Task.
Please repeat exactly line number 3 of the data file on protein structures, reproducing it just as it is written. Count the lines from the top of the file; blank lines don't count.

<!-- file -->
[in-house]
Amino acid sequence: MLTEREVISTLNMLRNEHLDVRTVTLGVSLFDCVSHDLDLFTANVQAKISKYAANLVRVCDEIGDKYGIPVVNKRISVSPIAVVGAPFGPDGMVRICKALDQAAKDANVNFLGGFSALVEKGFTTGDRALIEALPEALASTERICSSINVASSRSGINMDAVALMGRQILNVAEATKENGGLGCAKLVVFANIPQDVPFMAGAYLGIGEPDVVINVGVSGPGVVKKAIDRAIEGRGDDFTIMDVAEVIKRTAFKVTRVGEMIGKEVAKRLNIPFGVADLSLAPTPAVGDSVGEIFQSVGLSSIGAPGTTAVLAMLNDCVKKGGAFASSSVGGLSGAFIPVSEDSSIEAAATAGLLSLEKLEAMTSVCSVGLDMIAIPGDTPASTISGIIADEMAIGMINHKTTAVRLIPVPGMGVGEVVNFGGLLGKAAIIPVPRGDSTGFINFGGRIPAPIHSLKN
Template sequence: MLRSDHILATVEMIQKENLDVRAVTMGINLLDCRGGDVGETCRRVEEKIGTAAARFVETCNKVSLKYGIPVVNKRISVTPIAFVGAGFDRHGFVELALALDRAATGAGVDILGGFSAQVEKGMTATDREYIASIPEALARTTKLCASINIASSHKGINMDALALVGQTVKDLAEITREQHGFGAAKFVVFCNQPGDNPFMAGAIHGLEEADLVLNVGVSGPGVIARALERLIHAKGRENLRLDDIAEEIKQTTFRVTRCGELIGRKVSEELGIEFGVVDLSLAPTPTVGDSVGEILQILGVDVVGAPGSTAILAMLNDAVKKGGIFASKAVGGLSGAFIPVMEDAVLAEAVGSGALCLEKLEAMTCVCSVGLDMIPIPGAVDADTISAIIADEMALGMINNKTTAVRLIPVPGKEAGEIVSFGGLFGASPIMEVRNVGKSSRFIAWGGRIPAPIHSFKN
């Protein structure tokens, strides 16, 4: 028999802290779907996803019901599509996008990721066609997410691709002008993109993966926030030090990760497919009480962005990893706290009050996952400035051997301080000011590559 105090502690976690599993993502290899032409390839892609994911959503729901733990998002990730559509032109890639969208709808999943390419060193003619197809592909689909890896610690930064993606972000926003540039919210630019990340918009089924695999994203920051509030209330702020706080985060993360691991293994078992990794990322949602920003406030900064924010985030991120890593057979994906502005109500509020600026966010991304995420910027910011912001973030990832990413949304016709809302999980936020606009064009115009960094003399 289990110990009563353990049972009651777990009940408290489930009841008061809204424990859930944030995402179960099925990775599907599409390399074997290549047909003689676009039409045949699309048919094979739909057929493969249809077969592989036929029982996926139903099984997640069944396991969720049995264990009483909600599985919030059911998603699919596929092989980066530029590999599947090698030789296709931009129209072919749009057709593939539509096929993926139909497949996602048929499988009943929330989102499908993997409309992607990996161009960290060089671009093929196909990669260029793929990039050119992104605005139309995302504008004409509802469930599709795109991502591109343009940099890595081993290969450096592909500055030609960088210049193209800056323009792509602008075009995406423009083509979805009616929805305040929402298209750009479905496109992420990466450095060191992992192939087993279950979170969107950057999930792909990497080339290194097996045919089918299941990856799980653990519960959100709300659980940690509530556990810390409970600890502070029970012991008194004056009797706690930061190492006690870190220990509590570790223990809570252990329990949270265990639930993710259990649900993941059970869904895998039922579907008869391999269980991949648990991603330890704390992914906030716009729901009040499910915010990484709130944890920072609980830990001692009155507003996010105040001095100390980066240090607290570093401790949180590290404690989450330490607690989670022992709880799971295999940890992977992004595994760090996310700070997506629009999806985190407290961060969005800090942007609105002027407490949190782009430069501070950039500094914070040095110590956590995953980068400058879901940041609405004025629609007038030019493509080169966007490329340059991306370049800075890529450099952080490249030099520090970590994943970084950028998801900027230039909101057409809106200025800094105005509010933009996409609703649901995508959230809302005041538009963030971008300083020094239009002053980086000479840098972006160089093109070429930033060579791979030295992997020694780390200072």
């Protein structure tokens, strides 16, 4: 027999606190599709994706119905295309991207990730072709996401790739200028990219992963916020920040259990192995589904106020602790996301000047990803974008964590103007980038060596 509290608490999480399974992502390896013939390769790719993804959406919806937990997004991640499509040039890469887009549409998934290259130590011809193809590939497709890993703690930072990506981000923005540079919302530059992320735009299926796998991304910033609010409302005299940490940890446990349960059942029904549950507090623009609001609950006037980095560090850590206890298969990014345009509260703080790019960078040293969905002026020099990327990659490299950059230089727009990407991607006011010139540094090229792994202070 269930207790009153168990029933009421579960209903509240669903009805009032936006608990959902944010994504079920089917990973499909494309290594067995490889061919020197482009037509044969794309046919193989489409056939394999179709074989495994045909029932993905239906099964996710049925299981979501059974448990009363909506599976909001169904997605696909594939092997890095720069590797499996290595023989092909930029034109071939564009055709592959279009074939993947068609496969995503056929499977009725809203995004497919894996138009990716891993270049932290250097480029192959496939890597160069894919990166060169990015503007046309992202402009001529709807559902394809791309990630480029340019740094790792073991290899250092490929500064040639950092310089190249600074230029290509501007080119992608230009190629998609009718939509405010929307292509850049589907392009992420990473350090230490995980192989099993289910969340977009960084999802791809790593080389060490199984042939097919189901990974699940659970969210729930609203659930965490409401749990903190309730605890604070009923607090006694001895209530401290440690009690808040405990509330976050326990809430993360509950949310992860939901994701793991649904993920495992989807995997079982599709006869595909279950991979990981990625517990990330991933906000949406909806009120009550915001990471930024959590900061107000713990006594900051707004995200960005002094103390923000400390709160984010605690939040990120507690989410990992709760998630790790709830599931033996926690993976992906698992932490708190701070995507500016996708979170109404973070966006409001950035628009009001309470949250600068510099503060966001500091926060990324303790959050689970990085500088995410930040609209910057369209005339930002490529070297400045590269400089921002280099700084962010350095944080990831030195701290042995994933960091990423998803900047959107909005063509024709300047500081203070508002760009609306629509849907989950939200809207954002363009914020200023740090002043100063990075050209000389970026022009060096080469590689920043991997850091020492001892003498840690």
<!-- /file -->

Template sequence: MLRSDHILATVEMIQKENLDVRAVTMGINLLDCRGGDVGETCRRVEEKIGTAAARFVETCNKVSLKYGIPVVNKRISVTPIAFVGAGFDRHGFVELALALDRAATGAGVDILGGFSAQVEKGMTATDREYIASIPEALARTTKLCASINIASSHKGINMDALALVGQTVKDLAEITREQHGFGAAKFVVFCNQPGDNPFMAGAIHGLEEADLVLNVGVSGPGVIARALERLIHAKGRENLRLDDIAEEIKQTTFRVTRCGELIGRKVSEELGIEFGVVDLSLAPTPTVGDSVGEILQILGVDVVGAPGSTAILAMLNDAVKKGGIFASKAVGGLSGAFIPVMEDAVLAEAVGSGALCLEKLEAMTCVCSVGLDMIPIPGAVDADTISAIIADEMALGMINNKTTAVRLIPVPGKEAGEIVSFGGLFGASPIMEVRNVGKSSRFIAWGGRIPAPIHSFKN